• How important were friends and family in their daily lives? Did they surround themselves with other people or cut themselves off from the outside world?
    • What role did their religious beliefs take?
    • If needed, do they want their last days with in home health care?

As an illness advances and causes undue suffering it may be time to let go. If your loved one is fighting a terminal illness, you need to give him/her permission to stop the struggle. Hospice home care is an amazing support service. The staff is trained to help you and your loved one with this journey.

Our Story


My surroundings growing up were unusual in that Dad was a funeral director and Mom worked with him. Our normal conversations at the dinner table were oftentimes about death.  I understood that death was a part of life.  I actually thought everyone understood this but only in adulthood have I realized my background gave me that capacity.

My parents chose to make sure all three of their children understood both in conversation and in written legal form what their last wishes were.   That doesn’t mean it was easy for me to listen to.  I can remember casual conversations when I answered, “I don’t want you to talk that way.  You will always be here!” Although I was an adult, that was a child talking who was not ready to advocate for her parents. Everyone will die and we need to embrace that.

Being the Final Voice

Dad was in the hospital for 5 days before he passed. For the first 4.5 of those days we tried to find the medical answer. We met with the doctor the last day Dad was alive and I remember his conversation so clearly. He gave us the options that were there and then said, “If this were my Dad I would call Hospice nursing and make sure he was comfortable.”  We were so blessed to have an advocate for Dad in that doctor.  Mom, my sister and I were at the hospital and we talked to my brother who lived out of state.   Dad had always focused on quality of life. If he could have spoken for himself Dad would have said a resounding, “NO!” to a feeding tube.  There was amazing peace in knowing we did what Dad would have done. At 4 p.m. the medical interventions were stopped and Hospice Care Network took over.  The lights were turned down and we sat and talked to Dad.  We reassured him how we would take care of things. At 11:45 p.m. he peacefully passed.  It had been an honor that day to be his final voice and it continues to be something I will always treasure.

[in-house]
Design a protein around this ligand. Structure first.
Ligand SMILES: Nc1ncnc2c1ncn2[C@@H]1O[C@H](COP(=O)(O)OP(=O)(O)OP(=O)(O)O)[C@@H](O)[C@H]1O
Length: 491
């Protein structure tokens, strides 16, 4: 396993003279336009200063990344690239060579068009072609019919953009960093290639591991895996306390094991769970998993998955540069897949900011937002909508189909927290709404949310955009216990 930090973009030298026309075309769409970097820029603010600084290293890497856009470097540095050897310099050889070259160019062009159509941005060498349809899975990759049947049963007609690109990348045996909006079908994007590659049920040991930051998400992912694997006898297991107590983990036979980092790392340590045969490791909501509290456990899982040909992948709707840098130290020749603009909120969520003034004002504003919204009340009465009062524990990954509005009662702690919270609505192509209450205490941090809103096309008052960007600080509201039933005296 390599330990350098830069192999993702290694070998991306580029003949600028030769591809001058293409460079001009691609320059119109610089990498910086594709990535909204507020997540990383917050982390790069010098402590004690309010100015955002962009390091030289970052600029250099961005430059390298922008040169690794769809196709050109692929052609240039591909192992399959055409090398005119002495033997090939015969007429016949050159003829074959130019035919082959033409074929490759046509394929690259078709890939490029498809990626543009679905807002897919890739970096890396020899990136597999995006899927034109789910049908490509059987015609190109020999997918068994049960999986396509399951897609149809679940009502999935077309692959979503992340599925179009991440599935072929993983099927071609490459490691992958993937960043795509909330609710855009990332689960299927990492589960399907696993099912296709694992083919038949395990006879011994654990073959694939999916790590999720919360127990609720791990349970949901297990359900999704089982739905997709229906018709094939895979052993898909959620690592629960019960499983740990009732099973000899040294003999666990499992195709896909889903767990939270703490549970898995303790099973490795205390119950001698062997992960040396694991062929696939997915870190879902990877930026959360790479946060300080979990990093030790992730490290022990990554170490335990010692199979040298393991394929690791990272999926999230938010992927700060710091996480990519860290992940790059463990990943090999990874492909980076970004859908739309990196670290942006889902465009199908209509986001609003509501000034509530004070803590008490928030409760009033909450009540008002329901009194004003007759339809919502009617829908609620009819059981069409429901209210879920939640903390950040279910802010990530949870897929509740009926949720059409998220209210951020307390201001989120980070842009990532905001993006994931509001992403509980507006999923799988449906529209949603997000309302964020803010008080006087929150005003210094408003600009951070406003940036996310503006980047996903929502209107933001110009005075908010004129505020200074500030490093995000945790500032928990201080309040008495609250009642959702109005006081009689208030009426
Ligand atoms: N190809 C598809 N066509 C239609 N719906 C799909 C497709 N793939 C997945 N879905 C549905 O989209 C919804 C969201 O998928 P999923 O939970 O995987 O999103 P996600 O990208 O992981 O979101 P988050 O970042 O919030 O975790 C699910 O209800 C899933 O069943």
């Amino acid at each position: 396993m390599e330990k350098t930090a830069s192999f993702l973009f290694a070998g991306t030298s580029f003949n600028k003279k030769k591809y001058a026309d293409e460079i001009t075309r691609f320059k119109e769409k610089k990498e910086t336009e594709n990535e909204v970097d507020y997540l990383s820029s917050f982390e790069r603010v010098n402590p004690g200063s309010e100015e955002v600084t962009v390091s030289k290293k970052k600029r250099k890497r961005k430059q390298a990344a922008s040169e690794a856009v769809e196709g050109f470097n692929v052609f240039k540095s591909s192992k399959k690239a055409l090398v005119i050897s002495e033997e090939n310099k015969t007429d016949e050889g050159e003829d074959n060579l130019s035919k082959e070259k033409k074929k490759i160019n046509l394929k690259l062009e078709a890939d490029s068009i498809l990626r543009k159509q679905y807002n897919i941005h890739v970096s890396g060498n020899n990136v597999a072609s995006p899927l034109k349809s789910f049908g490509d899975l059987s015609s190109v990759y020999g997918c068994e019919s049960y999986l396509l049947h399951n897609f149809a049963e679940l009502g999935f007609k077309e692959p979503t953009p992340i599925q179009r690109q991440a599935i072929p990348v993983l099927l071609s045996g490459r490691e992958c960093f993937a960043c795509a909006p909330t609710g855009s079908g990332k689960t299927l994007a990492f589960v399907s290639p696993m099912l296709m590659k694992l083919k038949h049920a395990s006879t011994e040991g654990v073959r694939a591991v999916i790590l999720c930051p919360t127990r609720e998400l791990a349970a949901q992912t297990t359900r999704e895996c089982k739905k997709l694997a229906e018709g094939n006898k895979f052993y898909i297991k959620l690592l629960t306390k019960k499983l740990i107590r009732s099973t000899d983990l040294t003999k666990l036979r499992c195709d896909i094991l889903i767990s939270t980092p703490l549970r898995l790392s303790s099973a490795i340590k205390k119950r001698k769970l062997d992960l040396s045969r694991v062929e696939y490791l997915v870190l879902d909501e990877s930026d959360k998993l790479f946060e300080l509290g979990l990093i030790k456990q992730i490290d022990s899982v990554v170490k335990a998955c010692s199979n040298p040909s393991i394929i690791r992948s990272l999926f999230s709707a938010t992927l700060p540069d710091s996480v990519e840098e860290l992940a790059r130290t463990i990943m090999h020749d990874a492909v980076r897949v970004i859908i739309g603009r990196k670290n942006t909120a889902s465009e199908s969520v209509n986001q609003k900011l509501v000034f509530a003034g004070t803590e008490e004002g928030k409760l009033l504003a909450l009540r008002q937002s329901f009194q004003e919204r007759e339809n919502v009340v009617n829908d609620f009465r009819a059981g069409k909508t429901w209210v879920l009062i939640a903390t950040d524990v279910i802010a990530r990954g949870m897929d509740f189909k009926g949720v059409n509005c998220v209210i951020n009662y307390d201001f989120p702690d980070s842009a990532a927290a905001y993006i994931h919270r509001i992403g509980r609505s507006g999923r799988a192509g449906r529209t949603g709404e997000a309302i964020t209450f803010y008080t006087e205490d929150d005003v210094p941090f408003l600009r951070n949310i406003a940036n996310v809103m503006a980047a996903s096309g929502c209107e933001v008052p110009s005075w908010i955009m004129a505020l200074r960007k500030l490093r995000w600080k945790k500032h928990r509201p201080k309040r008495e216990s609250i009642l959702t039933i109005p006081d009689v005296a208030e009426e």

MaryAnn Bliss DeVries
Wings of Hope Hospice Volunteer


Photo credit: Craig Gardiner Photography

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2 comments on “The Final Voice

  1. What a credible point you have made, MaryAnn, in that you shared your own family\’s journey. And it was a delight to read your writing style for the first time. My parents have made out AMDs but your experience encouraged me to have a conversation with them about their wishes.

  2. MaryAnn, this is sooo true! I remember the shock of a loved one approaching death unexpectedly in my family and we didn\’t know what to do. Donate organs? Don\’t donate organs? If we had this conversation before this ever came to mind, it would have been so much easier.

    My family has discussed our wishes and found we were all on the same page. It will make those final moments a smidge easier because we know what we would and wouldn\’t want to happen to us. Such a blessing!